As we mentioned earlier, choice of providers may be an important issue to you and your employees. Make sure you understand which providers, hospitals and medical groups are available to plan participants. If you or your employees aren’t comfortable with the choices offered, you may want to consider a different plan.
Reputation and Quality of Insurer
A plan may look good, but if the insurer turns out to be hard to deal with—or if the insurer goes bankrupt, for that matter—you’ll likely wish you had picked a different plan. Do a little research to make sure that your potential insurer:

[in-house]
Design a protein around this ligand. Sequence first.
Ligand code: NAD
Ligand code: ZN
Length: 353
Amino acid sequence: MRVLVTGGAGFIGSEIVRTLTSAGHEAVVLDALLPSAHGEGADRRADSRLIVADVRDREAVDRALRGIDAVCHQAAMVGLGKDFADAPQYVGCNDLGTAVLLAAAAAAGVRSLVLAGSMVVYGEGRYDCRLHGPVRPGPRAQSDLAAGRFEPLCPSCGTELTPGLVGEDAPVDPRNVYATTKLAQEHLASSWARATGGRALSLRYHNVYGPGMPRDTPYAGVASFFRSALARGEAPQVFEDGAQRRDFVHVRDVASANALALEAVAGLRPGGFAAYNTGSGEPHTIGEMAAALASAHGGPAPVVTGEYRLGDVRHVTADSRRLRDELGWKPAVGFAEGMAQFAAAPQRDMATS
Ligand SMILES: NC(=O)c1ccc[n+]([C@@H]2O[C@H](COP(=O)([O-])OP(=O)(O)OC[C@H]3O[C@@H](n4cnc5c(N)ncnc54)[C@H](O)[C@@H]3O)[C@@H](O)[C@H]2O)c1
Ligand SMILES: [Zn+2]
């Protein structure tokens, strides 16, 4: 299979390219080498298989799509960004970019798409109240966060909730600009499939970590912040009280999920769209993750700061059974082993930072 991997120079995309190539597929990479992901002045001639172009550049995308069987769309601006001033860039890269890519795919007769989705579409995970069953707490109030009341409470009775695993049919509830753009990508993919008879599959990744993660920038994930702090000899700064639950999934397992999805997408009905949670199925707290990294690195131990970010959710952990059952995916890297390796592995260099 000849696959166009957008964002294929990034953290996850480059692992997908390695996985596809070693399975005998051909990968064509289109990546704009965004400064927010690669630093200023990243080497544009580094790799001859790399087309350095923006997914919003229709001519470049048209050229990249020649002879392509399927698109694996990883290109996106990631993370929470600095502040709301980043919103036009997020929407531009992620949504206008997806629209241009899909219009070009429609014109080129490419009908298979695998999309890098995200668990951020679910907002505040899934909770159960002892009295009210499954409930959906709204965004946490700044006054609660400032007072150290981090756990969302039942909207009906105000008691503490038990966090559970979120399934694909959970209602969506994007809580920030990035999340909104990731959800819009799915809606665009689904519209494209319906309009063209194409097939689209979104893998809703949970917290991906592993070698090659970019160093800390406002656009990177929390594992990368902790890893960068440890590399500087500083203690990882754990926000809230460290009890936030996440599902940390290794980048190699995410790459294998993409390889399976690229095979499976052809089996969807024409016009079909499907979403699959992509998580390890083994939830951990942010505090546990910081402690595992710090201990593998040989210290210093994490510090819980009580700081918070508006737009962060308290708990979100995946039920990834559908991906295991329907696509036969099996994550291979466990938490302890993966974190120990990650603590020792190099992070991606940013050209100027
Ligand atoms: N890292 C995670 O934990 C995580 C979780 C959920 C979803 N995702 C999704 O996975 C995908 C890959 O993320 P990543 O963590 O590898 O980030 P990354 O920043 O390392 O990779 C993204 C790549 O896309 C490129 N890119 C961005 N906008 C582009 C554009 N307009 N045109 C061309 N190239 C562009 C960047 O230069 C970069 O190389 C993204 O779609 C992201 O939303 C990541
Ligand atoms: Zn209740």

- Is financially stable.
- Gets high marks in quality from an unbiased source.
- Makes customer service a priority.
You can find out if your insurer is financially stable by researching its financial rating. A number of companies provide this service, usually for free, though some companies may offer more information at a price.
Quality of Healthcare
The quality of healthcare varies widely. In addition to doctors, hospitals and medical groups, insurers play an important role in seeing that you receive high-quality health services. Be sure to look into the insurer’s reputation and ratings for the quality of care provided under their plan.
Look for an insurer who makes it easy for you to pay the bill and get help when you need it. Your broker can advise you on which insurers provide great service, and which give employers health care headaches.
The best insurers also make it easy for employees to: